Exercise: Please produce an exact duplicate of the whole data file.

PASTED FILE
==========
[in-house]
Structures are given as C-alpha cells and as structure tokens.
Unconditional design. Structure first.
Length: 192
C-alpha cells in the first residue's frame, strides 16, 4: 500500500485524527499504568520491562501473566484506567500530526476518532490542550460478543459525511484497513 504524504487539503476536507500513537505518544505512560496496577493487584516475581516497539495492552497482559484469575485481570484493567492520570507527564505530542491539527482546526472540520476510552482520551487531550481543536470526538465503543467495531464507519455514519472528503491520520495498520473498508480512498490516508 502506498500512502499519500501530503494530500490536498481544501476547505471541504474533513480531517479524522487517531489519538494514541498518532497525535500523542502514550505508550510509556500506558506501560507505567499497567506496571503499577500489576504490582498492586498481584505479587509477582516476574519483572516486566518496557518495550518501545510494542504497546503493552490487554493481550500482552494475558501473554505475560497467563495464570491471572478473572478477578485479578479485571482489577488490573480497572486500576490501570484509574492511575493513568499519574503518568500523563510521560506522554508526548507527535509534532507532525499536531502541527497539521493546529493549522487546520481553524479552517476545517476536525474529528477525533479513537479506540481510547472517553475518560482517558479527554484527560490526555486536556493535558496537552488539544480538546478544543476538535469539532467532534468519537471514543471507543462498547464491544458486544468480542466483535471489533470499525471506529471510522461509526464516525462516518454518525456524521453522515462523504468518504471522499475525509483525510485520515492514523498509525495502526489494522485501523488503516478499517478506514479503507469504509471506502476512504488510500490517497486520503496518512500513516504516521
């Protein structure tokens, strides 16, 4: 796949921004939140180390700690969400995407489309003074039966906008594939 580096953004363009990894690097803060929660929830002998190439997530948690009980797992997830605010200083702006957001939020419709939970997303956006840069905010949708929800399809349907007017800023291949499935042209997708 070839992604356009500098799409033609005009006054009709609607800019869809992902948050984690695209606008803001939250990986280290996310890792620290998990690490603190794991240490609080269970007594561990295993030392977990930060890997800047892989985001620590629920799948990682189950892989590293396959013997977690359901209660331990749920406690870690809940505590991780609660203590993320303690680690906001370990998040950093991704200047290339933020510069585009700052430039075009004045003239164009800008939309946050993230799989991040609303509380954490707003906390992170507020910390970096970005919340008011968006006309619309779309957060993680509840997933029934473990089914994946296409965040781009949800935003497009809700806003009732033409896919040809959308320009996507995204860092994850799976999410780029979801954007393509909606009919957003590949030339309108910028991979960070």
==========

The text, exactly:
[in-house]
Structures are given as C-alpha cells and as structure tokens.
Unconditional design. Structure first.
Length: 192
C-alpha cells in the first residue's frame, strides 16, 4: 500500500485524527499504568520491562501473566484506567500530526476518532490542550460478543459525511484497513 504524504487539503476536507500513537505518544505512560496496577493487584516475581516497539495492552497482559484469575485481570484493567492520570507527564505530542491539527482546526472540520476510552482520551487531550481543536470526538465503543467495531464507519455514519472528503491520520495498520473498508480512498490516508 502506498500512502499519500501530503494530500490536498481544501476547505471541504474533513480531517479524522487517531489519538494514541498518532497525535500523542502514550505508550510509556500506558506501560507505567499497567506496571503499577500489576504490582498492586498481584505479587509477582516476574519483572516486566518496557518495550518501545510494542504497546503493552490487554493481550500482552494475558501473554505475560497467563495464570491471572478473572478477578485479578479485571482489577488490573480497572486500576490501570484509574492511575493513568499519574503518568500523563510521560506522554508526548507527535509534532507532525499536531502541527497539521493546529493549522487546520481553524479552517476545517476536525474529528477525533479513537479506540481510547472517553475518560482517558479527554484527560490526555486536556493535558496537552488539544480538546478544543476538535469539532467532534468519537471514543471507543462498547464491544458486544468480542466483535471489533470499525471506529471510522461509526464516525462516518454518525456524521453522515462523504468518504471522499475525509483525510485520515492514523498509525495502526489494522485501523488503516478499517478506514479503507469504509471506502476512504488510500490517497486520503496518512500513516504516521
């Protein structure tokens, strides 16, 4: 796949921004939140180390700690969400995407489309003074039966906008594939 580096953004363009990894690097803060929660929830002998190439997530948690009980797992997830605010200083702006957001939020419709939970997303956006840069905010949708929800399809349907007017800023291949499935042209997708 070839992604356009500098799409033609005009006054009709609607800019869809992902948050984690695209606008803001939250990986280290996310890792620290998990690490603190794991240490609080269970007594561990295993030392977990930060890997800047892989985001620590629920799948990682189950892989590293396959013997977690359901209660331990749920406690870690809940505590991780609660203590993320303690680690906001370990998040950093991704200047290339933020510069585009700052430039075009004045003239164009800008939309946050993230799989991040609303509380954490707003906390992170507020910390970096970005919340008011968006006309619309779309957060993680509840997933029934473990089914994946296409965040781009949800935003497009809700806003009732033409896919040809959308320009996507995204860092994850799976999410780029979801954007393509909606009919957003590949030339309108910028991979960070």